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Middle Frame Dominance Propelling Vegas To Brink Of The Promise Land

(Photo Credit: Ken Boehlke, SinBin.vegas)

30 to 10.

That’s the score of Golden Knights playoff games in the 2nd period this postseason.

30 to 10, in 21 games.

The 30 goals are unsurprisingly the most by any team in the postseason. The other side is pretty wild though. 10 goals allowed in the 2nd period this playoffs is the 7th fewest of all 16 teams that participated. 10 goals allowed is the same number as Winnipeg allowed in five games, fewer than Minnesota allowed in six games, and 11 goals fewer than New Jersey allowed in 12 games. And the Golden Knights just completed their 21st game!

There was a time earlier this season when one of the biggest challenges for the Golden Knights was surviving 2nd periods. They struggled to tilt games in their favor in 2nd periods and it often led to long spells of the game where they were forced to defend. It’s actually been an issue in the Cassidy system as far back as his first season in Boston.

The Golden Knights finished the season with a +3 goal differential in the 2nd period and they were -6 in home games. Yet here we are, at the most important time of the year, and nightly in Western Conference and Stanley Cup Final games they are utilizing the 2nd period to run away with hockey games.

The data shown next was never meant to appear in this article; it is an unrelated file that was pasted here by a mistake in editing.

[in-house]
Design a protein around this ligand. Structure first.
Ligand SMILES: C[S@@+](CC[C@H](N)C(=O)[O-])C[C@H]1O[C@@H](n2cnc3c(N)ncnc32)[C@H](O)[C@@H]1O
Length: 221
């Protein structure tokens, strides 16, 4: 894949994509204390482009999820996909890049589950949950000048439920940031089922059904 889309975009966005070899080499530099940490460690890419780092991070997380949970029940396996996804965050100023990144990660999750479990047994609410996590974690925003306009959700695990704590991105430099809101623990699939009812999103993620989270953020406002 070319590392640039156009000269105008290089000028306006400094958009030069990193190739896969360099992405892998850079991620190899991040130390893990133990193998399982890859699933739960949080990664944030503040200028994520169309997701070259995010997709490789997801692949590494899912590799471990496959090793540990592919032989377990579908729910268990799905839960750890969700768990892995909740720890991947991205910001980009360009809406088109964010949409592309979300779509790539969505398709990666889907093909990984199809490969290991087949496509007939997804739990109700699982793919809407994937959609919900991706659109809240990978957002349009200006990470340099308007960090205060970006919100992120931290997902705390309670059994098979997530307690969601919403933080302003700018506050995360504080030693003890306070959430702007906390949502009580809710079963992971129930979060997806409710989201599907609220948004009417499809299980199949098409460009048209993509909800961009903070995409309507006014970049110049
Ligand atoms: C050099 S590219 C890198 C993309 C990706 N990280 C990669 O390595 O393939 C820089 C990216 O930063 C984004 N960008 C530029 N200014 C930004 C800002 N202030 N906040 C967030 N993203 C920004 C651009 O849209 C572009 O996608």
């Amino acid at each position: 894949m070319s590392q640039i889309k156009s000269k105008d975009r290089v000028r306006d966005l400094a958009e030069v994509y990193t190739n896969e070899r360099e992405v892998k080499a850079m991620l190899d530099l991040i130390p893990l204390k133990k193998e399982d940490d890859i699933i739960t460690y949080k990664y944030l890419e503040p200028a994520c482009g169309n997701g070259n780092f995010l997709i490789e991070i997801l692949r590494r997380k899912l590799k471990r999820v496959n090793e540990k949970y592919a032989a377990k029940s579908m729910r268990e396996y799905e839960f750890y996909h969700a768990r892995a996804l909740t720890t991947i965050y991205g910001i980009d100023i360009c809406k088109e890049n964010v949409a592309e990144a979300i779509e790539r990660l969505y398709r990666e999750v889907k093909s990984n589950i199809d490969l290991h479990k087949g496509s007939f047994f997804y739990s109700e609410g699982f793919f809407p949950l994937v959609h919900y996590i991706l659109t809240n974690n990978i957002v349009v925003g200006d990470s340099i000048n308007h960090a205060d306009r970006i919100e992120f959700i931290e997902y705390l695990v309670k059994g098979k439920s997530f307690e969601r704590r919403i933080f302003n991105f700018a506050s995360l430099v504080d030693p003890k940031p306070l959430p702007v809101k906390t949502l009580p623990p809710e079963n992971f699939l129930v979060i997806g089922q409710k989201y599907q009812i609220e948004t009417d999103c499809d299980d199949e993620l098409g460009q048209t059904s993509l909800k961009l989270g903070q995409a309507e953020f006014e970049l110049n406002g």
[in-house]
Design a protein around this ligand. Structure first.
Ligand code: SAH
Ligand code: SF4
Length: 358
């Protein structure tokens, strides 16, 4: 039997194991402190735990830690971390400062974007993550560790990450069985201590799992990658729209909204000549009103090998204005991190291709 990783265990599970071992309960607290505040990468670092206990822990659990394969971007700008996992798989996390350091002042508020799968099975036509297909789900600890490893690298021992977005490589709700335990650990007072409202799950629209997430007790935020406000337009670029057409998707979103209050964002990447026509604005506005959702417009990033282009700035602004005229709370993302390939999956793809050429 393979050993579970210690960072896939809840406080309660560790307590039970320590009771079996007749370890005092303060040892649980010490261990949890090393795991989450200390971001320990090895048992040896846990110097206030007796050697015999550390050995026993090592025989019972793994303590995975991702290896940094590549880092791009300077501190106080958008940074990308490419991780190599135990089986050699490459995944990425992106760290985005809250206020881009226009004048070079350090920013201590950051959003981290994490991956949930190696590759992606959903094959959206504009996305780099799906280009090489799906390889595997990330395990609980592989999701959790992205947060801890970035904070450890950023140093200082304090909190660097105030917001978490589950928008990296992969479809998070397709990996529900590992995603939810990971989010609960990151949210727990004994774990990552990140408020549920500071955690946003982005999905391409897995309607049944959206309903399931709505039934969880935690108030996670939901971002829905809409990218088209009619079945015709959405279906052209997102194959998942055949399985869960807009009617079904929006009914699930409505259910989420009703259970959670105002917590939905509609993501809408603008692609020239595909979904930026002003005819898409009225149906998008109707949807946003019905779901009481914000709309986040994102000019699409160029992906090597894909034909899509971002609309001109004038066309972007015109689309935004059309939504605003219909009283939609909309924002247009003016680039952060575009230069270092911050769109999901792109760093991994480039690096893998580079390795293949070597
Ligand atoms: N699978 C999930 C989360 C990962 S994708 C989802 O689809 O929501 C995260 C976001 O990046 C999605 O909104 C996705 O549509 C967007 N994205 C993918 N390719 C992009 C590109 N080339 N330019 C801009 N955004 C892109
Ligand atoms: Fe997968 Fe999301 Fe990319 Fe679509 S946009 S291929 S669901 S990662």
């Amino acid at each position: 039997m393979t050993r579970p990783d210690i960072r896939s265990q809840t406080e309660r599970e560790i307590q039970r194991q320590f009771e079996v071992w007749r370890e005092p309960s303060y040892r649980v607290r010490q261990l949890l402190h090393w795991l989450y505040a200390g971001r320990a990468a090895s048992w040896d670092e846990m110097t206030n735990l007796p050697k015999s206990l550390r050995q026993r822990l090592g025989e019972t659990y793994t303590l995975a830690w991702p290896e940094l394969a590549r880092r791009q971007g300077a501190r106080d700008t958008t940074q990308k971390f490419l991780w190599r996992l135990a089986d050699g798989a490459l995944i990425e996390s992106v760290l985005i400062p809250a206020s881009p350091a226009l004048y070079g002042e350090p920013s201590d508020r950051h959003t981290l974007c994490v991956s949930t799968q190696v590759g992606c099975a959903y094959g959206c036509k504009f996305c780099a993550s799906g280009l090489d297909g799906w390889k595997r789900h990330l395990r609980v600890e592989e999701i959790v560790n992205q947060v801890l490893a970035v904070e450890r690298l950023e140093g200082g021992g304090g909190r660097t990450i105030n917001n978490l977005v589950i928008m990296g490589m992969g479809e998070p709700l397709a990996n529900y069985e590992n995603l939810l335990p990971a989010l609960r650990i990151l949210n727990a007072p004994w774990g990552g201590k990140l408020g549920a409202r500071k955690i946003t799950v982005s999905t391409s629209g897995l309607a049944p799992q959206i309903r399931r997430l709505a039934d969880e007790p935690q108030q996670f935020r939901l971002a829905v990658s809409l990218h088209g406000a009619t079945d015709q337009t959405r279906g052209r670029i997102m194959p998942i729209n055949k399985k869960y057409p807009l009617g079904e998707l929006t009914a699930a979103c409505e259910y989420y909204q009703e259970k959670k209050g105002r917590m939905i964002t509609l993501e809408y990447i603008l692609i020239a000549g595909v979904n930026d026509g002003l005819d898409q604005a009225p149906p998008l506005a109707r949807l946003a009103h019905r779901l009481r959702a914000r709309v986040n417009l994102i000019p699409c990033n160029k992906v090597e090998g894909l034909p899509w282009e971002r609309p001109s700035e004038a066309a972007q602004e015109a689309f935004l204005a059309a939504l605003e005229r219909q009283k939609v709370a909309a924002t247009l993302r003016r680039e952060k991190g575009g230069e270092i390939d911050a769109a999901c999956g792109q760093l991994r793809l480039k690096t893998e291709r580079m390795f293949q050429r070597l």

When you have four lines rolling like that in a 2nd period, we’re the best team in the league. -Adin Hill

In Game 4 the Golden Knights absolutely obliterated the Panthers in the middle frame. They outscored Florida just 2-1, but they outshot them 11-7, out-chanced them 18-4, and generated six high-danger scoring chances compared to the Panthers’ single one.

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Like Vegas, Dallas Led By Hockey Lifers Fighting For First Cup

(Photo Credit: SinBin.vegas Photographer Brandon Andreasen)

When you look up and down the Golden Knights and Stars lineups, you’ll notice many recognizable faces. From the coaches to the captains and all the way down to the depth players there are handfuls of hungry and impatient NHL’ers participating in this year’s Western Conference Final. Each side has gotten close, but neither franchise has raised a Stanley Cup in the Golden Knights era.